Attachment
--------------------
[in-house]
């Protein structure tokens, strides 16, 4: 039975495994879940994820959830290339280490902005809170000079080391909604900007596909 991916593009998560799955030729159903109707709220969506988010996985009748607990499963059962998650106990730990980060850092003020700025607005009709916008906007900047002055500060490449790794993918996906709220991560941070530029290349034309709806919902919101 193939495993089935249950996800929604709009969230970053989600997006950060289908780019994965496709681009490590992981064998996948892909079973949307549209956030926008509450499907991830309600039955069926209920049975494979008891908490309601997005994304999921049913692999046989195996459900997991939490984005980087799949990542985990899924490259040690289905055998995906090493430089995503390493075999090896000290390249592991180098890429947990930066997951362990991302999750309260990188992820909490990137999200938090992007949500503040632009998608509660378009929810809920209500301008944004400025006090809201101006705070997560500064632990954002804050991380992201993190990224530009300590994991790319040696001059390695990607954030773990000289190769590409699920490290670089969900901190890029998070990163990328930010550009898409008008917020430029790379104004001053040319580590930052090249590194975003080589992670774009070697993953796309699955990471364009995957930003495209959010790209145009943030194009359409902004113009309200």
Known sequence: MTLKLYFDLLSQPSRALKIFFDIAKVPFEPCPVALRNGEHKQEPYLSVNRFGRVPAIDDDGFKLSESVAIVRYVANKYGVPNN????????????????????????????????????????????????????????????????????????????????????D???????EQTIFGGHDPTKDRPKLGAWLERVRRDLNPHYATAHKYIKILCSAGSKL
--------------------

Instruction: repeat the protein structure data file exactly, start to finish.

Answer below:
[in-house]
């Protein structure tokens, strides 16, 4: 039975495994879940994820959830290339280490902005809170000079080391909604900007596909 991916593009998560799955030729159903109707709220969506988010996985009748607990499963059962998650106990730990980060850092003020700025607005009709916008906007900047002055500060490449790794993918996906709220991560941070530029290349034309709806919902919101 193939495993089935249950996800929604709009969230970053989600997006950060289908780019994965496709681009490590992981064998996948892909079973949307549209956030926008509450499907991830309600039955069926209920049975494979008891908490309601997005994304999921049913692999046989195996459900997991939490984005980087799949990542985990899924490259040690289905055998995906090493430089995503390493075999090896000290390249592991180098890429947990930066997951362990991302999750309260990188992820909490990137999200938090992007949500503040632009998608509660378009929810809920209500301008944004400025006090809201101006705070997560500064632990954002804050991380992201993190990224530009300590994991790319040696001059390695990607954030773990000289190769590409699920490290670089969900901190890029998070990163990328930010550009898409008008917020430029790379104004001053040319580590930052090249590194975003080589992670774009070697993953796309699955990471364009995957930003495209959010790209145009943030194009359409902004113009309200």
Known sequence: MTLKLYFDLLSQPSRALKIFFDIAKVPFEPCPVALRNGEHKQEPYLSVNRFGRVPAIDDDGFKLSESVAIVRYVANKYGVPNN????????????????????????????????????????????????????????????????????????????????????D???????EQTIFGGHDPTKDRPKLGAWLERVRRDLNPHYATAHKYIKILCSAGSKL